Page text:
We watched Looper the other night. That movie is loaded with infrasonics. I watched it again just last night because it was so good. (It's a pretty good movie too.) I'm sure it "sounds" fine on a 25 Hz limited system. However, on a system with high output infrasonic capability, it "FEELS' great also.

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Old 01-30-2013, 09:43 AM
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^ ^ ^ and having mulitipule subs just increases that "feel" with the lower hz and it feels like it has a 3-D impact on your body.
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Old 01-30-2013, 09:59 AM
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^ ^ ^ and having mulitipule subs just increases that "feel" with the lower hz and it feels like it has a 3-D impact on your body.

Not to mention that the real world has these effects so to me without them feels more unnatural.

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Old 01-30-2013, 10:38 AM
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Quote:
Originally Posted by shadyJ View Post

I disagree with this. The vast majority of bass content, even in movies and even in the ones in the aboce list, is above 25 hz. Now I wouldn't want my subs to roll off much lower than that, but I think a lot of guys around here are kidding themselves about the prevalence of bass in the low 20s and under. It mostly only happens briefly in only a few scenes in certain kinds of movies. There are exceptions of course, but the problem there is if powerful deep bass is used frequently in sound track mix, the audience becomes numb to it, and it isn't anything to take notice of anymore. It's sort of like how music is mixed very hot and highly compressed, it loses its dynamic range and becomes a flat listening experience. If the sound mix is nothing but constant deep thuds and rumbles, the novelty wears off after 5 minutes, and you are left with a grueling movie watching experience and a need for aspirin. One example of this for me was Iron Man 2.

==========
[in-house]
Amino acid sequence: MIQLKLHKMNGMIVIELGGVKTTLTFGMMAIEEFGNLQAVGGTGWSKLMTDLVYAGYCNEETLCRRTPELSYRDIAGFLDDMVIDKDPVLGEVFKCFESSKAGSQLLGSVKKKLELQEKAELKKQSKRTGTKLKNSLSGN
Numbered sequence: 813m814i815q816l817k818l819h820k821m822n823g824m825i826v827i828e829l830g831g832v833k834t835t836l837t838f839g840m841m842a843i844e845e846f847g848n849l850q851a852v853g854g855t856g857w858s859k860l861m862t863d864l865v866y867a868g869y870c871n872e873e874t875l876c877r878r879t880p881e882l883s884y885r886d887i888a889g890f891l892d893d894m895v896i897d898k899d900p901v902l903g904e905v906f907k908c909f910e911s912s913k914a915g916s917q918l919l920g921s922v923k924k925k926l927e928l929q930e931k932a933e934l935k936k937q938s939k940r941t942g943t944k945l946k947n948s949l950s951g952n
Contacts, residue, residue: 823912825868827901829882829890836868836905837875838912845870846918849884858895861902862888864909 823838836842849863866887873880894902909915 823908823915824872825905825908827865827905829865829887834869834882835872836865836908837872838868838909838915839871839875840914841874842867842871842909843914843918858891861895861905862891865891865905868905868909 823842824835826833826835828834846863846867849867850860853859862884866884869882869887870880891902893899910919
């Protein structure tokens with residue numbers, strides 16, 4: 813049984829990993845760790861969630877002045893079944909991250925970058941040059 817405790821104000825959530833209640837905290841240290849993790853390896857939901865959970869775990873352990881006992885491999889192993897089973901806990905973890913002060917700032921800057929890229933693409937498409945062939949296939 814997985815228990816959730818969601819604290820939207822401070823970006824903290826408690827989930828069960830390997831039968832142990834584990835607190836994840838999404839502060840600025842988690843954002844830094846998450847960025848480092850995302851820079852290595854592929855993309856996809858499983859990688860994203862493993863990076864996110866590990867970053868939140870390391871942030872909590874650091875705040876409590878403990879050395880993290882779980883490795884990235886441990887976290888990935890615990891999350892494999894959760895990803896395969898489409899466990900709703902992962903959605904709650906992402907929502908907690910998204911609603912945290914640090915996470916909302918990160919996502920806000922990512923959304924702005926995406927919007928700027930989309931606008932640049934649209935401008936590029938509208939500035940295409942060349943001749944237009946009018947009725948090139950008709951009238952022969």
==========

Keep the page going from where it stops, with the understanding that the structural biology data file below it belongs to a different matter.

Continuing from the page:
You do realize you contradicted yourself here. You mention compressed music becoming a flat listening experience; yet you are OK compressing the dynamic range of the movie soundtrack? If you are cutting out sub 25hz bass you are "compressing" the track. wink.gif

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You have very small hands smile.gif and you do know what it means when you have small hands:D

Yeah, it means I've have a subwoofer system capable of sub 25hz information, whereas you apparently do not. wink.gif

This wasn't a mine is bigger thread; I was merely answering the OP question about sub 25hz information. If you are OK without it, that's your prerogative; but to say it's not important is an inaccurate statement.

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While you are welcome to your opinion, I respectfully disagree. IME, infrasonic content adds a level of immersiveness and involvement that is missing without it. I have owned subwoofer systems that rolled off at 25 Hz, 20 Hz and my current system that is flat to below 15 Hz. The differences between these systems are noticeable and remarkable. I would not want to go back to a system that could not reproduce infrasonics.

Amen.

We tout about trying to replicate the original source as closely as possible. That means the audio as well as the video. I wouldn't watch a 2.37 movie as 4.3, so why would I compress the audio track. You might as well listen to it in DD as opposed to lossless. smile.gif

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Old 01-30-2013, 10:41 AM